By Tim Stone, EMEA Vice President of Marketing, Polycom
Keeping up morale is mission critical for employers – if they don’t pay attention to staff satisfaction, they may have to deal with the disruption caused by losing employees, as well as the headache of having to find fresh talent.
As well as being key to retaining a strong team, paying attention to morale is a good way to keep employees loyal and productive.
Here are five tips on how to get it right.
1. Promote the message of a healthy work/life balance
There’s nothing more effective than speaking plainly to your team about the benefits of a healthy work/life balance. Foster an open culture, and let employees know you’re there to listen to any concerns about unmanageable workloads and pressing deadlines. Set clear priorities, too – often, people work themselves into the ground because they wrongly believe everything is urgent.
Lead by example – take lunch away from your desk, leave work at a reasonable hour and make time for hobbies outside work. If you do this, you’ll appreciate the effects a good work/life balance can have on morale and productivity, and will be more convincing when you foster it amongst your team.
2. Nuture talent and interests with access to courses outside the workplace
It’s natural to focus on your employees’ work responsibilities. You’re a manager, after all! Every now and then, it can help to remind yourself – and your staff – that what they do outside the office is just as important as their work.
At Polycom, we subsidise employees that wish to take language courses or develop a new skill through further education. Think about how your benefits package can encourage a healthy work/life balance – perhaps you could introduce a similar scheme, or sponsor gym memberships and team activities as an alternative.
3. Introduce flexible working
Flexible working is becoming ubiquitous, and for good reason – technology is evolving all the time to make it an increasingly legitimate, appealing choice. The good news for a healthy work/life balance is that this way of working cuts the need for a lengthy commute and allows workers to flex around family responsibilities and personal hobbies.
Many people have busy lives and personal commitments outside of work, and this is where flexible working really comes into its own. For those with children, for instance, it means being able to take kids to and from school or keeping an eye on them when they’re unwell, flexing working hours as needed.
If you’re worried about introducing flexible work because of reduced collaboration and team cohesion, think again. Virtual meetings and instant messaging mean teams can continue to work together as though in the same building. Focus on making every interaction count, and this will ensure remote workers feel part of the team – regular video calls and virtual team meetings are another way to eradicate any feeling of isolation.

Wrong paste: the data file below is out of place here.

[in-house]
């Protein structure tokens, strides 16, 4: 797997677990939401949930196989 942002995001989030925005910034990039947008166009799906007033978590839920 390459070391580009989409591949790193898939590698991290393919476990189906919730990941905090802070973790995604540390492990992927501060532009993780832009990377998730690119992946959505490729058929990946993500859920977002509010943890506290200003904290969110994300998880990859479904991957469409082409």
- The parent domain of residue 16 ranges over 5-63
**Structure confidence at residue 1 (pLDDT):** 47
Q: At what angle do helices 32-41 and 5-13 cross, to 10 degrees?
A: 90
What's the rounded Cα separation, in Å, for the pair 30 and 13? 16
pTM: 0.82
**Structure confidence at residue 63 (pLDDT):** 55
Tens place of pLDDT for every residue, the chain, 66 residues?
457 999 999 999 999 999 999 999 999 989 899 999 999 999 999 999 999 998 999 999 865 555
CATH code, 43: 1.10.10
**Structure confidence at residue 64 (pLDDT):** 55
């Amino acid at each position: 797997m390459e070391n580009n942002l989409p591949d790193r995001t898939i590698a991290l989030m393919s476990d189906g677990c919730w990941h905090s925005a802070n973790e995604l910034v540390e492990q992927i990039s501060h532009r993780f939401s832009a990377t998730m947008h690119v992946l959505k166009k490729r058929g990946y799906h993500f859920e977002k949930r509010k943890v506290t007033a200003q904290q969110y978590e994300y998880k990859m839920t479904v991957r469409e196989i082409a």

4. Separate work from play
Stress can creep into the working day when employees don’t feel they can take a moment for themselves and reflect between tasks. Encourage staff to take tea or coffee away from their desks to break up the day into reasonable spurts of concentration – you’ll find it helps staff work more productively when they sit down again to work.
When introducing flexible working, encourage employees to dedicate a specific part of their house to work – that way, they can step away from work at the end of the day, keeping it from bleeding into periods of relaxation.
5. Support employees in their home lives
Personal issues can have a serious effect on workplace morale. Make time for employees that need guidance, but be aware that some issues call for external help. Cases of bereavement, ill health or divorce are just some scenarios in which you might consider subsidising professional courses of counselling.
If you can show employees you respect their family commitments, you’re more likely to retain top talent when children arrive on the scene. If your work can’t offer a crèche, think about supporting initiatives like childcare vouchers. Of course, it’s not only parents that have obligations outside the workplace. Employees supporting elderly parents, for instance, could benefit hugely from flexible work, so be sure to promote the option to those it could benefit.